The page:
Federal Court resolves "legitimate uncertainty" in uncontested trade mark appeals

By Tim Webb, Brett Doyle and Justin Kardi
03 Feb 2022
When an appeal from a decision of the Registrar of Trade Marks is settled by the parties, the Court may still need to deliver a judgment if the appeal is not merely withdrawn. In allowing the appeal, the Court may need to decide a range of issues, including whether the mark under appeal meets the statutory threshold of distinctiveness.

The a2 Milk Company Limited (a2MC) has secured registration of the trade marks a2 Milk and TRUE A2 after the Federal Court delivered judgment allowing a2MC's appeals from successful oppositions before IP Australia, and ordered that a2MC's trade marks proceed to registration (The a2 Milk Company Limited v LD&D Australia Pty Ltd [2021] FCA 1515).

The Court's judgment came about in circumstances where the opponent to registration, a2MC's competitor LD&D Australia Pty Ltd (Lion), no longer wished to pursue its oppositions after reaching a settlement with a2MC. The parties sought orders by consent to finalise the proceedings, including an order that the trade marks proceed to registration. Because of the public interest relevant to the issue of distinctiveness, the Court was not in a position to make such orders based solely on the agreement between the parties.

Agreement between parties insufficient

Had Lion dropped its oppositions to registration before the Registrar of Trade Marks, the way forward would have been clear. Because a2MC's applications had been accepted on examination, in the absence of those oppositions, the marks would have proceeded to registration.

However, the Registrar of Trade Marks found that both a2 Milk and TRUE A2 were not capable of distinguishing a2MC's goods from those of other traders, and this engaged the public interest considerations.

The guidance offered by case law was limited, with only two cases giving rise to a similar set of circumstances. In both of those cases, the public interest concerns were addressed by a letter from the Deputy Registrar of Trade Marks that indicated the Registrar did not oppose the decisions being set aside. A letter on the same terms was sought by a2MC, but was not provided. Instead, the Deputy Registrar issued a letter noting the public interest concerns arising from section 41 of the Trade Marks Act 1995 (Cth), observing that the issue was "now a matter for the court", and stating the Registrar was unable to indicate that she had no objection to the decisions being set aside.

"Legitimate uncertainty" on the way forward

The Court accepted that the position adopted by the Registrar gave rise to "legitimate uncertainty" about the way forward. In particular, it was unclear what would happen if the Court did not make an order requiring the marks to proceed to registration. Justice Bromwich noted that the Deputy Registrar's letter left open a view that Lion's abandoned section 41 opposition "might still somehow have some work to do on public interest grounds, or at least in some other way impede the progress towards registration".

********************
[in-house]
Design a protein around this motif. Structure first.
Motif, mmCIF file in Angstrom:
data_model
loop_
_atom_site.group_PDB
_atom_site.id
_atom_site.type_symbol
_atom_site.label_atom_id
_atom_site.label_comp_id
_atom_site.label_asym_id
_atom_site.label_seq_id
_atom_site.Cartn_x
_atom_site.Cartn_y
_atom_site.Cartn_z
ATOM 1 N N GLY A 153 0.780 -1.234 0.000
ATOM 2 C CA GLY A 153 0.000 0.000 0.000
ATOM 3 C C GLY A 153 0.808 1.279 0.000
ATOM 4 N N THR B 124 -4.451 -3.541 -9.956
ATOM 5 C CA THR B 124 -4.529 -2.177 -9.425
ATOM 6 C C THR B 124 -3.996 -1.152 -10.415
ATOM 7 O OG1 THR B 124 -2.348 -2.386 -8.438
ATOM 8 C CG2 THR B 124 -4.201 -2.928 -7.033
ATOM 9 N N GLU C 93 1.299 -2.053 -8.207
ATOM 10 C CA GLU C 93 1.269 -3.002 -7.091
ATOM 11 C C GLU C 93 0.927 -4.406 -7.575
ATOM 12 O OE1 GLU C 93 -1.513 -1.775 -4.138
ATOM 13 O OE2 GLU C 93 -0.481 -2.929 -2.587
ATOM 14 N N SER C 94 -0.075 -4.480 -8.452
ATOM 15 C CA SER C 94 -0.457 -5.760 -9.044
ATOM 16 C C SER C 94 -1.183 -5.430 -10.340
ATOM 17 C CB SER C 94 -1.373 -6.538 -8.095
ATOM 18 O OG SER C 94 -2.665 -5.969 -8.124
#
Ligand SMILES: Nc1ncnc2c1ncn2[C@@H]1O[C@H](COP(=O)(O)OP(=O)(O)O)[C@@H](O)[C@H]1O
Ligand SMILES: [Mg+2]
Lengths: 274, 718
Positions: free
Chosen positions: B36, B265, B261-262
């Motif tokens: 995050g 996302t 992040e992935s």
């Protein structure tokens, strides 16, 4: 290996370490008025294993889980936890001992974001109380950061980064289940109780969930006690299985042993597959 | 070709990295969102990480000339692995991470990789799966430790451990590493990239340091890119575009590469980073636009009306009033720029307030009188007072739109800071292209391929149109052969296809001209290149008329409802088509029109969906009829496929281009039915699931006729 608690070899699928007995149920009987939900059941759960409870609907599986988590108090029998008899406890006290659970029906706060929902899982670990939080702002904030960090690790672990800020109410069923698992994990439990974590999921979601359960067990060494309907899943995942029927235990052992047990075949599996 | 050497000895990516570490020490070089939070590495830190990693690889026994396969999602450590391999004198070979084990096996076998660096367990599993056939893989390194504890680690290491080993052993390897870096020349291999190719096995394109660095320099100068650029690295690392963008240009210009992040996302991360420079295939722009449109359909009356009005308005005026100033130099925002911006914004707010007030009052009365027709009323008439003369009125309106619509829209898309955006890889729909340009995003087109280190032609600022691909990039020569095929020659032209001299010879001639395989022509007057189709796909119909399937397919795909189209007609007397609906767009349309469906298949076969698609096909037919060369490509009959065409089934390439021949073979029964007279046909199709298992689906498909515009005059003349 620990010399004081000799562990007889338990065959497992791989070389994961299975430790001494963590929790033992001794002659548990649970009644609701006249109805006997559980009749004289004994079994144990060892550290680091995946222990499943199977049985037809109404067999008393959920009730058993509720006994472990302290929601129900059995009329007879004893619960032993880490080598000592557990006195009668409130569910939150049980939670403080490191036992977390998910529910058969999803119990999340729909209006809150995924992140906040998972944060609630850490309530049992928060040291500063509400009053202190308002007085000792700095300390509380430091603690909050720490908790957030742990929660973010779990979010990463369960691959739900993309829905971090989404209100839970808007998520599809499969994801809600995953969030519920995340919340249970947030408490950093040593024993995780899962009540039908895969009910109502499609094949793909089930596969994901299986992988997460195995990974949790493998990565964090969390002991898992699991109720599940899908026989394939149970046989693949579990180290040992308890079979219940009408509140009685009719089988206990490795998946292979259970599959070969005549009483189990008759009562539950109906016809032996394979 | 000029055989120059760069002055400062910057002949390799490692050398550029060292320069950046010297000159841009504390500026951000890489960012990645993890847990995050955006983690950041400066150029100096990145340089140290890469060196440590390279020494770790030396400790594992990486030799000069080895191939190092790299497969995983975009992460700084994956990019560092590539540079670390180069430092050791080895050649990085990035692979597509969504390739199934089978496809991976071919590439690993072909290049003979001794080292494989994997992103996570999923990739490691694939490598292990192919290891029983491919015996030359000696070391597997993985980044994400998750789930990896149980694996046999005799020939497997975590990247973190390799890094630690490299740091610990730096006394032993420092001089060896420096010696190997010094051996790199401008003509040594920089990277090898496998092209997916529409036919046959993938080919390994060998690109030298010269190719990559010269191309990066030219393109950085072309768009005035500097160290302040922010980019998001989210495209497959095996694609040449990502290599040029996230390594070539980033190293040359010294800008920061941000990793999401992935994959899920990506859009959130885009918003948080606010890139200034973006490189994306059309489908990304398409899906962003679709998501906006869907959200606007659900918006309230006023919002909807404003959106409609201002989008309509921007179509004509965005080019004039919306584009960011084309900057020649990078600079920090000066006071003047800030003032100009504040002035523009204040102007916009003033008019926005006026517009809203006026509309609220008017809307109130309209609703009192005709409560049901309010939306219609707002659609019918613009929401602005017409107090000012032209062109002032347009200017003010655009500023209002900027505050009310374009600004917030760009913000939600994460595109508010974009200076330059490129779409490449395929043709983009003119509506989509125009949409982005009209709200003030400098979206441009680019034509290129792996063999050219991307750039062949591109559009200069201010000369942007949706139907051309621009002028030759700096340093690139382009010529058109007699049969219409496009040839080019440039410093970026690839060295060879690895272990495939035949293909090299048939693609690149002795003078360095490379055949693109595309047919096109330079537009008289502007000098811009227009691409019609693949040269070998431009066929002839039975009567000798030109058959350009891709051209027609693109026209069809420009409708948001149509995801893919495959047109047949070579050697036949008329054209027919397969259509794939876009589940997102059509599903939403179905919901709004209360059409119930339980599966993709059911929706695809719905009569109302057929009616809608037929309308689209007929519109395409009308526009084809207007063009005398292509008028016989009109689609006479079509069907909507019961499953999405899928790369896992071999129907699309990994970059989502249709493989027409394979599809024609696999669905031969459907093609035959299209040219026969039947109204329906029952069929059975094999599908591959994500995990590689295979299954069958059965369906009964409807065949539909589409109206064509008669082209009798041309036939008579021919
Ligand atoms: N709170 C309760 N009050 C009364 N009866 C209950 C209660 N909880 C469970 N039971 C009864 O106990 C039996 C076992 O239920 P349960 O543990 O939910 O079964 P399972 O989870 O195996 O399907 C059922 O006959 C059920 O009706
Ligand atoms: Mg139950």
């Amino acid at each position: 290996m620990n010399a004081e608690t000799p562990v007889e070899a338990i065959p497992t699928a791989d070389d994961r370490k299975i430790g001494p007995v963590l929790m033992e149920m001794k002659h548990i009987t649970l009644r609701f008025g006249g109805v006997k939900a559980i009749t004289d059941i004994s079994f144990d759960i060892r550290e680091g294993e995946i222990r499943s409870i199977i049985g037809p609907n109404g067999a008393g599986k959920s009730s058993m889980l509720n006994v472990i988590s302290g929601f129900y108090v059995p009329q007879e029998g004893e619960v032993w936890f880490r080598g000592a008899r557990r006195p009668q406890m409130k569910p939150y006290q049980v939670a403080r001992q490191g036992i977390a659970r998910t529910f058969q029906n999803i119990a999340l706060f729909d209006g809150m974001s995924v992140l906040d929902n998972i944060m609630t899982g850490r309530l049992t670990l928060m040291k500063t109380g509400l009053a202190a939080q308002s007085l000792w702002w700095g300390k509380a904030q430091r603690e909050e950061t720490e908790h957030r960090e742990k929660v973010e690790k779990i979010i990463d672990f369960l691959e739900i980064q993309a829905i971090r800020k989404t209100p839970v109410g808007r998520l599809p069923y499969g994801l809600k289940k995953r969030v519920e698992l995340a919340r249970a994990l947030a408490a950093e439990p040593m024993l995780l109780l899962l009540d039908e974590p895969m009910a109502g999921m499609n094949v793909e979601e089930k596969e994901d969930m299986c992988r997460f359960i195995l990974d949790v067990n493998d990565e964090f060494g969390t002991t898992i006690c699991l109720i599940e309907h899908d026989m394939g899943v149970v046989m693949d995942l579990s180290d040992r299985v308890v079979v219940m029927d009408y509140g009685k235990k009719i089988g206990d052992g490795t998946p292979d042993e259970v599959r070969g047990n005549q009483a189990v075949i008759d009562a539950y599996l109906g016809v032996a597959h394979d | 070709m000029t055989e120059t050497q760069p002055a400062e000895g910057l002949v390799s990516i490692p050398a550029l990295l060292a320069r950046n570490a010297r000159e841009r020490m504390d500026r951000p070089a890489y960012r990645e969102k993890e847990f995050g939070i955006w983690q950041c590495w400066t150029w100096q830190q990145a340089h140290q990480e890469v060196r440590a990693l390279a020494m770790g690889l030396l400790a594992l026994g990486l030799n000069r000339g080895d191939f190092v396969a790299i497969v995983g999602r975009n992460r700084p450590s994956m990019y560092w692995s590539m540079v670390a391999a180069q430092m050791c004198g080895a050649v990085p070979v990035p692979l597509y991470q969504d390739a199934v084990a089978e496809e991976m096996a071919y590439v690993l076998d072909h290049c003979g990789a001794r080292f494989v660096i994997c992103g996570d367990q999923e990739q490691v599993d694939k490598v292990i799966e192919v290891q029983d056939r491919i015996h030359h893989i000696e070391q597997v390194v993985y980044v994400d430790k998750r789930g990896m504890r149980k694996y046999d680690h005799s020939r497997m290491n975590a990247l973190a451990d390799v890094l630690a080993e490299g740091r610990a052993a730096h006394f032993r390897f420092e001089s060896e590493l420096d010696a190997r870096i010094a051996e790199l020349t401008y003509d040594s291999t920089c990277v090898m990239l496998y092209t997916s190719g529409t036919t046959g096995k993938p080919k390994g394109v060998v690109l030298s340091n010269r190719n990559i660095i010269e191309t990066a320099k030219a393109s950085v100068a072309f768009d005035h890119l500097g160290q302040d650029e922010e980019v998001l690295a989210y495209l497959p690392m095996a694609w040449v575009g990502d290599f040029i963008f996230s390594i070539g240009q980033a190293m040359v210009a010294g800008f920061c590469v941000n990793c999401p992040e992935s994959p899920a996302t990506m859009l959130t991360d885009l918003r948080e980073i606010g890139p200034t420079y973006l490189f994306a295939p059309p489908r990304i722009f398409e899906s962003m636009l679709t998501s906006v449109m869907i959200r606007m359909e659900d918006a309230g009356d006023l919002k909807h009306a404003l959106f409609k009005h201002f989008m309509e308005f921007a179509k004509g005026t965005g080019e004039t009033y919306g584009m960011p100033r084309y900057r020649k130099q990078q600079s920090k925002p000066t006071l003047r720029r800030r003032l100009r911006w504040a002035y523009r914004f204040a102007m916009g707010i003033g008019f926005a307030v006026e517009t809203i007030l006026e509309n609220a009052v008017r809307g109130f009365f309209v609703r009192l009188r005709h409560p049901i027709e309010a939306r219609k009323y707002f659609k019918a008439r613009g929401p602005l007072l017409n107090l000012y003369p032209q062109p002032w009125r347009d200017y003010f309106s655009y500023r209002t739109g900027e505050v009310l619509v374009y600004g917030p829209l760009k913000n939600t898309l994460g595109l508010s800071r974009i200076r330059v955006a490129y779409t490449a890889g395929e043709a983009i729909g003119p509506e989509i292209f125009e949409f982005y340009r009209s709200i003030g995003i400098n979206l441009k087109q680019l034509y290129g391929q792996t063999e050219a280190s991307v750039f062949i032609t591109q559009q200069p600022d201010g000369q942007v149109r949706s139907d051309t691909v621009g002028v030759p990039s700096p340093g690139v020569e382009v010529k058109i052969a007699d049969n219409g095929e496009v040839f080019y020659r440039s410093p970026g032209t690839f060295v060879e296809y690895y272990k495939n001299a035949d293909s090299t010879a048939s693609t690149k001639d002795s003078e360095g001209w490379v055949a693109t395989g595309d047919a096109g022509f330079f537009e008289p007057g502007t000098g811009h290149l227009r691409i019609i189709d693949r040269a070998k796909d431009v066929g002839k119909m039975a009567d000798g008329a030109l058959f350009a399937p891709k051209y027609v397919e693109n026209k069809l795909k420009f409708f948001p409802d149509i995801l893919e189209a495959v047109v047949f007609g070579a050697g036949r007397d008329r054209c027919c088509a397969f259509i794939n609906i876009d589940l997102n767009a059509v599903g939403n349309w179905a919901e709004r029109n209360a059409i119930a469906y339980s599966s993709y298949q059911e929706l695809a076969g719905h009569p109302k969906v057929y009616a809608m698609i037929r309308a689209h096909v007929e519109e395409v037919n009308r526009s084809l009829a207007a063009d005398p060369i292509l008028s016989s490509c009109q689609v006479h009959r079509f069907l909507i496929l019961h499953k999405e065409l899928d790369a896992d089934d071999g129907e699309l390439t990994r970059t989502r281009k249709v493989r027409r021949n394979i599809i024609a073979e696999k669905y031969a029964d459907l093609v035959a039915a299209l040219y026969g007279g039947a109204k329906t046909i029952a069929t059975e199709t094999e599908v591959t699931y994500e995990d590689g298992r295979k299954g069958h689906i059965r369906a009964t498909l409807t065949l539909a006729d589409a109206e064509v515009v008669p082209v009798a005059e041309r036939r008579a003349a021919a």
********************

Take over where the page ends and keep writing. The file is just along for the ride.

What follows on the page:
In the interests of certainty and finality, his Honour acceded to a2MC's request that the Court hear the matter, even in the absence of an opponent. All trade marks under application must meet the section 41 distinctiveness threshold and so the Court had to determine, in light of the evidence, if that threshold had been reached.

Trade marks inherently adapted to distinguish

While considering the substantial body of additional evidence put before the Court by a2MC, Bromwich J also gave the "usual degree of weight" to the two Registrar's decisions that gave rise to the appeals. In light of the Deputy Registrar's letter, his Honour noted that the extant findings of those delegates were apparently maintained and should not necessarily be discarded just because of the new evidence that had been filed in the appeals.

After considering that evidence and the Registrar's decisions, the Court found that the meaning of 'a2' or 'A2' did not amount to a description of a2MC's products, but instead made "an allusive reference to them and their qualities". His Honour went on to note that a "use of A2 by another trader to do more than identify that their product contains the A2 bovine beta-casein protein would not be properly motivated and is no reason to deny the applicant registration".

The Court held that both marks were sufficiently inherently adapted to distinguish a2MC's goods from the goods of other traders and should proceed to registration. Justice Bromwich also noted that the evidence of use by a2MC, both before and after the earlier of the two priority dates, clearly established the marks would operate to distinguish a2MC's goods as being those of a2MC. This included visual evidence that showed a2 or A2 presents in the market "in the manner of a brand, not just a product description", and detailed lexicology evidence about the use of a2 or A2 in the community that showed "overwhelming association with the applicant's products".

Clayton Utz acted for a2MC in these proceedings.

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